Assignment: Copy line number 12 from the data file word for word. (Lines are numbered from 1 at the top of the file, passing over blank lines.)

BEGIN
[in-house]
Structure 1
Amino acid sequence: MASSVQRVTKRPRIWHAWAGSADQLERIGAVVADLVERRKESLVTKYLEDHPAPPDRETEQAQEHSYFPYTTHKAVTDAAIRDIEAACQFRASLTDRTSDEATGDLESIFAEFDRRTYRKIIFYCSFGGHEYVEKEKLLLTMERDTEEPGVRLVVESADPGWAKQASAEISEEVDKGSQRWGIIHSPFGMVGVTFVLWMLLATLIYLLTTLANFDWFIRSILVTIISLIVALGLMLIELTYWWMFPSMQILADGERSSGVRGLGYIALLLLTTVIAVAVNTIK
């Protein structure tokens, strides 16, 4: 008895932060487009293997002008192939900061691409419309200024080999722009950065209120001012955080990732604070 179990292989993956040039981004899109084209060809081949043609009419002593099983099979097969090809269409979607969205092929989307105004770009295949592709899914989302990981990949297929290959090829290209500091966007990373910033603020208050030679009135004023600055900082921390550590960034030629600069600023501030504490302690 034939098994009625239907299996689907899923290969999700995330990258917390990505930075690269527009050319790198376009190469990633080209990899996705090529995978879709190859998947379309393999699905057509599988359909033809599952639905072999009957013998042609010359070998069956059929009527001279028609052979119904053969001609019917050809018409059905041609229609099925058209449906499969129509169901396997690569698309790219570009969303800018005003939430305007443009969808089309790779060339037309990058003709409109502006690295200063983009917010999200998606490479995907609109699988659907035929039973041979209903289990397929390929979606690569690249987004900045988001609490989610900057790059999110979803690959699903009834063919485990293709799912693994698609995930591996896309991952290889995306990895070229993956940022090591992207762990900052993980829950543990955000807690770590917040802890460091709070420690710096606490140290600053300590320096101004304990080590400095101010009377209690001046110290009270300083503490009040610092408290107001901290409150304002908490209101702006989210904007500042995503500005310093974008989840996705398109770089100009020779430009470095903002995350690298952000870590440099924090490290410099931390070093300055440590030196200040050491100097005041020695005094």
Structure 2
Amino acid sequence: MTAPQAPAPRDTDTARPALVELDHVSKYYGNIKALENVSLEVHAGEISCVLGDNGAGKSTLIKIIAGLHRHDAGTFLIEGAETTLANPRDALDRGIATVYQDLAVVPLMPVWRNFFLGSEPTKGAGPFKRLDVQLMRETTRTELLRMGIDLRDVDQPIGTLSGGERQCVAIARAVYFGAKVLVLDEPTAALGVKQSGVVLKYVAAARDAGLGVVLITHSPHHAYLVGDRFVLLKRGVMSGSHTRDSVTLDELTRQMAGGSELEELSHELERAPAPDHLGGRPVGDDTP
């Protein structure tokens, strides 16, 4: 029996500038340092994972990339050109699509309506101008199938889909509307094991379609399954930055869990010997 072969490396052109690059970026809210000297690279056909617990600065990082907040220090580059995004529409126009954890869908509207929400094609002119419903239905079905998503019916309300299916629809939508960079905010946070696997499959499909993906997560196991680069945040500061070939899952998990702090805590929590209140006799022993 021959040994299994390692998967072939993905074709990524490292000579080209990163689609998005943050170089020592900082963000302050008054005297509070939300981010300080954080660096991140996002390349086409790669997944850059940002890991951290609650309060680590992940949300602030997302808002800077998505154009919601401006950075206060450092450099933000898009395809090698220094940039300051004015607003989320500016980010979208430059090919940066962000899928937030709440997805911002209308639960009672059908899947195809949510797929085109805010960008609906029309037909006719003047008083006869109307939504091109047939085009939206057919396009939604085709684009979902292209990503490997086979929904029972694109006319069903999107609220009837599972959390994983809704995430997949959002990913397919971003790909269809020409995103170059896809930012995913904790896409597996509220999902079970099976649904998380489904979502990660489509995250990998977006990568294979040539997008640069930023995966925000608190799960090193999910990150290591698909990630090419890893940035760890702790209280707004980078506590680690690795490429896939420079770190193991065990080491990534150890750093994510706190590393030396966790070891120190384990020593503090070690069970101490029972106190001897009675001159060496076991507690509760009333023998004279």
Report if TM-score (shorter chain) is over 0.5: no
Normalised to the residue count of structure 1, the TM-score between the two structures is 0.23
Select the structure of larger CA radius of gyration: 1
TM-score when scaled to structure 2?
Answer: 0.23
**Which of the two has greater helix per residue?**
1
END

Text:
Answer: 0.23